tv Witness LINKTV April 30, 2012 8:00pm-8:30pm PDT
"at first, the doctors thought it was sciatica, "and then they admitted it was gangrene. "the old man suffered greatly those last days, "and then, on the 31st of august 1715, "the clergy gathered around him, "and they began, timidly, to chant the ave maria. "all through the night, they carried on chanting. "then, at 8:15 in the morning "in the royal bed in the great chamber "in the center of the palace, "louis xiv, the sun king, died, like every man." so wrote a contemporary diarist. it's often said that when louis died, an age died with him. the age of absolute monarchs, the age of which versailles is a symbol, was drawing to an end. things would never be the same. for louis, versailles was intended first to be a garden, and he imagined that garden as an outdoor palace
built next to the one constructed in stone, and the one could not be understood without the other. in the garden, louis exercised the same despotism over nature that he did indoors over his court. these two tyrannies changed, softened even, over the long years of the reign. the most famous formal garden in europe, with its rigorous geometries of terraces and staircases, its regular parterre, gave way gradually to a greater informality of trees and fields, not merely because it was so expensive to keep up, but because a new attitude to nature was developing-- more sentimental, intimate, romantic. the mood of this moment is captured in a painting done not long after louis' death-- antoine watteau's departure from the isle of cythera.
a group of courtiers prepares to leave the island of love. the painting signals the new attitude-- more informal, poetic, and often amorous. in this paradise of cythera, there are no restraints, and nature is free and unconstrained. it was a time in which the argument over nature, exemplified in the idea of the garden, was a serious debate. it was in england that this different attitude to nature arose. the informal, spontaneous, picturesque english garden was seen as an expression of english liberties. the geometric french garden was seen as a reflection of their authoritarian government. in the microcosm of the garden could be read beliefs about the world at large.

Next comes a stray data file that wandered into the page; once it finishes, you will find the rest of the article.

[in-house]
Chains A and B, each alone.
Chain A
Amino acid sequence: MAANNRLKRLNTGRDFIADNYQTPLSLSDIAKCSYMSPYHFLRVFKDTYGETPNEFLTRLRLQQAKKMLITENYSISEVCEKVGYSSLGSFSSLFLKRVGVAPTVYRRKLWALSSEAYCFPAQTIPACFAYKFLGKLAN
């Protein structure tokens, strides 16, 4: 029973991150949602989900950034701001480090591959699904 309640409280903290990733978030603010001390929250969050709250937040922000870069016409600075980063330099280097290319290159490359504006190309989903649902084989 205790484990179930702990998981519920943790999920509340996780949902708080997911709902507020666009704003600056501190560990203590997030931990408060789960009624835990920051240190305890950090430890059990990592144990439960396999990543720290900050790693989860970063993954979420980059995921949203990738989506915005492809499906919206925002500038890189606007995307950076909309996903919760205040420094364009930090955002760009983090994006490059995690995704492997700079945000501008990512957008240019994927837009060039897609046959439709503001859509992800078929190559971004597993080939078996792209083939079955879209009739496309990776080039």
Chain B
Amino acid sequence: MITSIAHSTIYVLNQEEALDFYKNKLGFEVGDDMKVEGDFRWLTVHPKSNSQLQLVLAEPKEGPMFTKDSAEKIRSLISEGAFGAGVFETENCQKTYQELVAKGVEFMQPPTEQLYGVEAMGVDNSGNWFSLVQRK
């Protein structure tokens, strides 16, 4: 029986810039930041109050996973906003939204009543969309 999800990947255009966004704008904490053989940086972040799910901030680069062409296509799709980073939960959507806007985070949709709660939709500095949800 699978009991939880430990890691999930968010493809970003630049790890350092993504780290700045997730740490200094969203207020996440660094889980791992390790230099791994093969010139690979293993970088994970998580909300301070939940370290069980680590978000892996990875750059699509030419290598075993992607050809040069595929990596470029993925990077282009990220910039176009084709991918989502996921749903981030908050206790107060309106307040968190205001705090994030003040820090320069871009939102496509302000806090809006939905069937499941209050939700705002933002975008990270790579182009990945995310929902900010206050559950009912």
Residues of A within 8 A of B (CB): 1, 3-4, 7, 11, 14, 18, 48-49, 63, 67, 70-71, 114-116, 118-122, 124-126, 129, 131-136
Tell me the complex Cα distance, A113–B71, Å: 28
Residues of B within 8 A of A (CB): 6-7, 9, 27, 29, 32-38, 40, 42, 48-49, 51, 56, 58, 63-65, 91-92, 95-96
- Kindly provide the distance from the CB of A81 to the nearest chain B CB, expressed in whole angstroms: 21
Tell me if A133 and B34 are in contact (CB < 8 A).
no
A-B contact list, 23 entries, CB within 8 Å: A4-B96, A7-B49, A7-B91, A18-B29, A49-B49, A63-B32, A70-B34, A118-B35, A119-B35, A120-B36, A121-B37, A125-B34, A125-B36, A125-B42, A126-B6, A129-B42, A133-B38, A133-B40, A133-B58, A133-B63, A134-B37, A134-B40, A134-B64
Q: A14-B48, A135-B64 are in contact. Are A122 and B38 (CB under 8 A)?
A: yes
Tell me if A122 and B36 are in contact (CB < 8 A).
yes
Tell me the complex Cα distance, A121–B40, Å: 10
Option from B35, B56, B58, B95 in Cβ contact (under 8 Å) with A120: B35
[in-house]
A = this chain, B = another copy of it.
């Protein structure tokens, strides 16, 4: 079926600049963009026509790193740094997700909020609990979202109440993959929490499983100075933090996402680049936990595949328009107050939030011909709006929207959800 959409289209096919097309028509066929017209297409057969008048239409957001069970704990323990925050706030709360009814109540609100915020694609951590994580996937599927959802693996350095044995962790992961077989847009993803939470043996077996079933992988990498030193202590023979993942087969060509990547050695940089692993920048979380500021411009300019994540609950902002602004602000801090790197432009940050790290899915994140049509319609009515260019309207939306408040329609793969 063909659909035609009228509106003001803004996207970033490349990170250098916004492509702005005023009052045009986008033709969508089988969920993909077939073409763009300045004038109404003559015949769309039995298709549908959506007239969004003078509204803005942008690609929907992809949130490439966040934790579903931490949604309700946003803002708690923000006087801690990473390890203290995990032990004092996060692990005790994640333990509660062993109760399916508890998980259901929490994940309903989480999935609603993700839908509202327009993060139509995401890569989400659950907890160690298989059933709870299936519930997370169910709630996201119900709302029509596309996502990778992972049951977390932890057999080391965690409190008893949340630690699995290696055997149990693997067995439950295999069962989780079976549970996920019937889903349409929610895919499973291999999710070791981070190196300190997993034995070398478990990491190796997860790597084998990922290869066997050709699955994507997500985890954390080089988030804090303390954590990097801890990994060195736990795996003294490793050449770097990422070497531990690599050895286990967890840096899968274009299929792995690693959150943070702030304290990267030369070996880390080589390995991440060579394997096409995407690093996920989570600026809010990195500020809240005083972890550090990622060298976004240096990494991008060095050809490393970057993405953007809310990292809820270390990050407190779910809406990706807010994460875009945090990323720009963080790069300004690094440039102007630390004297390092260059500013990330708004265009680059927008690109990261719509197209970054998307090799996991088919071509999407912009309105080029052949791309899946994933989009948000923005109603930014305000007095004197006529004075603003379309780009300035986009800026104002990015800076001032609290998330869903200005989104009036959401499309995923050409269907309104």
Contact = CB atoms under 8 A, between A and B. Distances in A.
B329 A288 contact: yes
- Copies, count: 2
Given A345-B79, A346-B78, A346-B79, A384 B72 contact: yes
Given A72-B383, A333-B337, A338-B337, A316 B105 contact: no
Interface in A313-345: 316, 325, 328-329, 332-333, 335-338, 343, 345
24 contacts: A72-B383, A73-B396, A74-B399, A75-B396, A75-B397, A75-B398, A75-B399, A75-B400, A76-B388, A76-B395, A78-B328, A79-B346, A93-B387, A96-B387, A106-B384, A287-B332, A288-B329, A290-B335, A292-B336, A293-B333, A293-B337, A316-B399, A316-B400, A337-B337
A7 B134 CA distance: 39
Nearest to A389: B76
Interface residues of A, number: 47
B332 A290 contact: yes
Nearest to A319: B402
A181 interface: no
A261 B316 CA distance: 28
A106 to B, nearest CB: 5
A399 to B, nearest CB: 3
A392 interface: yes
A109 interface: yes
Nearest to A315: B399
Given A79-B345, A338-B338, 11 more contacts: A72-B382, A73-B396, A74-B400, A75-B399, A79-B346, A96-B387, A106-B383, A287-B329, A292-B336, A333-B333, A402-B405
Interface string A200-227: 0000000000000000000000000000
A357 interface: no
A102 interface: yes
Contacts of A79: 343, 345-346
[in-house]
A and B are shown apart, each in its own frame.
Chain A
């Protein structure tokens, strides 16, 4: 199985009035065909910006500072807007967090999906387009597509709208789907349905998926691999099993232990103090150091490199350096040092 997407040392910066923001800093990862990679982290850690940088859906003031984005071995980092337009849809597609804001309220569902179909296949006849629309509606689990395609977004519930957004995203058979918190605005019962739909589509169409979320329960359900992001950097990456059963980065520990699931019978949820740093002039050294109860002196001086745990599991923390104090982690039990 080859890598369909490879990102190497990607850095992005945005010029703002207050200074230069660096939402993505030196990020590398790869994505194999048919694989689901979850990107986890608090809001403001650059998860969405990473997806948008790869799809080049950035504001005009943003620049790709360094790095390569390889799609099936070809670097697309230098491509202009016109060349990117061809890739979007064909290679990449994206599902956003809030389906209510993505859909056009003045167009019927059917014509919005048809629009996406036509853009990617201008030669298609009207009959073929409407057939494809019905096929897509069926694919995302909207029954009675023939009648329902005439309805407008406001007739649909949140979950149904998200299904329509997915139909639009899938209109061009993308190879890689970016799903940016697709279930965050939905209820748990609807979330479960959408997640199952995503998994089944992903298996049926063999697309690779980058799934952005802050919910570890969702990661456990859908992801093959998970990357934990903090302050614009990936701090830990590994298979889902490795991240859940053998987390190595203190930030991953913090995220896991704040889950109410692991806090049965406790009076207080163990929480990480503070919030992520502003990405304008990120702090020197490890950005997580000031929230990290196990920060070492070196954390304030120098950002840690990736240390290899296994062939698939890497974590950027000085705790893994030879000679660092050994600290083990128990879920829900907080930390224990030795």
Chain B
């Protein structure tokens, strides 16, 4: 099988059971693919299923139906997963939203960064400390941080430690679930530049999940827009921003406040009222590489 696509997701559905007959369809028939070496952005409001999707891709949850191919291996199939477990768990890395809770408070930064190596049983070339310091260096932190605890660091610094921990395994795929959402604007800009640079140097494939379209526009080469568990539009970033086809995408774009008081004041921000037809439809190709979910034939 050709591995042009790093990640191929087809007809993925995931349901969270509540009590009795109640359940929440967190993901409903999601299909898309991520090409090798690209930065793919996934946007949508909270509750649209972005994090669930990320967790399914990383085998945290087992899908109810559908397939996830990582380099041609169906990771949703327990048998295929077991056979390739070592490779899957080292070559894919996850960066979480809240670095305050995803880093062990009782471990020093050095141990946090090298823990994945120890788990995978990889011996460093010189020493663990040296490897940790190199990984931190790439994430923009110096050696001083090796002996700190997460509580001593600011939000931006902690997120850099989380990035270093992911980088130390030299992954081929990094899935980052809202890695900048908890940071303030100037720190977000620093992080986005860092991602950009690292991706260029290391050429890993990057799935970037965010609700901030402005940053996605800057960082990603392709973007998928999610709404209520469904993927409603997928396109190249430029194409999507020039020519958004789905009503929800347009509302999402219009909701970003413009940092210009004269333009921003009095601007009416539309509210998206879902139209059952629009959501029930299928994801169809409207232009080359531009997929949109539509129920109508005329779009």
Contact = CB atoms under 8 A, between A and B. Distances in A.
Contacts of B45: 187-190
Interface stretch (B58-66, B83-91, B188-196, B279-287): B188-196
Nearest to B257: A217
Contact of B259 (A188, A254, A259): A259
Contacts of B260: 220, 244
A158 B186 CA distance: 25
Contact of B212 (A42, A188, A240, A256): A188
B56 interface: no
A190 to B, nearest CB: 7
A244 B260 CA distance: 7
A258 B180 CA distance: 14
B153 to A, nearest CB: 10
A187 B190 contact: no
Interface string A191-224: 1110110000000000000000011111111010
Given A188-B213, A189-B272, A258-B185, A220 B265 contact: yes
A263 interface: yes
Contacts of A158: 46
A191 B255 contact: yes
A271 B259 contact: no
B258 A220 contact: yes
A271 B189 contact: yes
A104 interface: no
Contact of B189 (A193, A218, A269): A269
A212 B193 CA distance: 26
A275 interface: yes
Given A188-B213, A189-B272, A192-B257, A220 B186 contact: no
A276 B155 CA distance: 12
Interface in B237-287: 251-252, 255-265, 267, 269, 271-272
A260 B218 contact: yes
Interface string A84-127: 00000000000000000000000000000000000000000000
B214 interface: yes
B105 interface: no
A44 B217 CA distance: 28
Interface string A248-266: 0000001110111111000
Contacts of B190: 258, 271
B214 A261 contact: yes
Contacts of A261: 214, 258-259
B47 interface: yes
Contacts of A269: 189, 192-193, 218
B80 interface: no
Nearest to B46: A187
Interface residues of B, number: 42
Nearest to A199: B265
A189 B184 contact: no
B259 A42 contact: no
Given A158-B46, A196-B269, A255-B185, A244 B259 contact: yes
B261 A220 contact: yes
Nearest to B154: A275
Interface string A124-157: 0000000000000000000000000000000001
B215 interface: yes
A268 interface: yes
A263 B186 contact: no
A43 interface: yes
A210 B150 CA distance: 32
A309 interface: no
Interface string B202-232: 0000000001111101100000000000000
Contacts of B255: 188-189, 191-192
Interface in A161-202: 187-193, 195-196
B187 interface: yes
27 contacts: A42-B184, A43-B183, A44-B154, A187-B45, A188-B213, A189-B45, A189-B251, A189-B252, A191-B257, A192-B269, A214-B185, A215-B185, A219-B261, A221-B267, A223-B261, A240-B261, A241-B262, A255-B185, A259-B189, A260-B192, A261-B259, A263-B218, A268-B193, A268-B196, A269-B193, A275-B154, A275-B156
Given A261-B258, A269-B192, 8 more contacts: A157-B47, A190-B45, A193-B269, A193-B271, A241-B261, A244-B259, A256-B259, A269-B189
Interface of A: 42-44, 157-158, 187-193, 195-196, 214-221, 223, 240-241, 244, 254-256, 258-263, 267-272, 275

at stourhead, you can see, better than anywhere in europe, the way that the early 18th century attempted to create an art of landscape by shaping nature and putting into the landscape buildings created in past styles-- medieval, but especially classical. they believed that a landscape or a garden gives added pleasure if one can savor the effects of past time as one wanders around it, and that sensibility is characteristic of their period. the poet alexander pope said in the 1730s that this architecture or art derived from landscape painting, and compared it to a picture, and that's why we call it picturesque.
and so the combination of architecture and picturesque landscape became one of the characteristics of 18th-century aristocratic culture, and wealthy patrons sought architects who would design them country estates unparalleled anywhere in europe. this is syon house, seat of the dukes of northumberland. the 11th duke lives there. it isn't impressive from outside, but wait till you get in. robin middleton of columbia university, new york, has developed a highly original approach to the architecture of the 18th century. the first design for this floor was a simple checkerboard without these dynamic directional indicators, but all that was to change as the building took form. the interiors here are amongst the first works of a brilliant architect of the period--robert adam.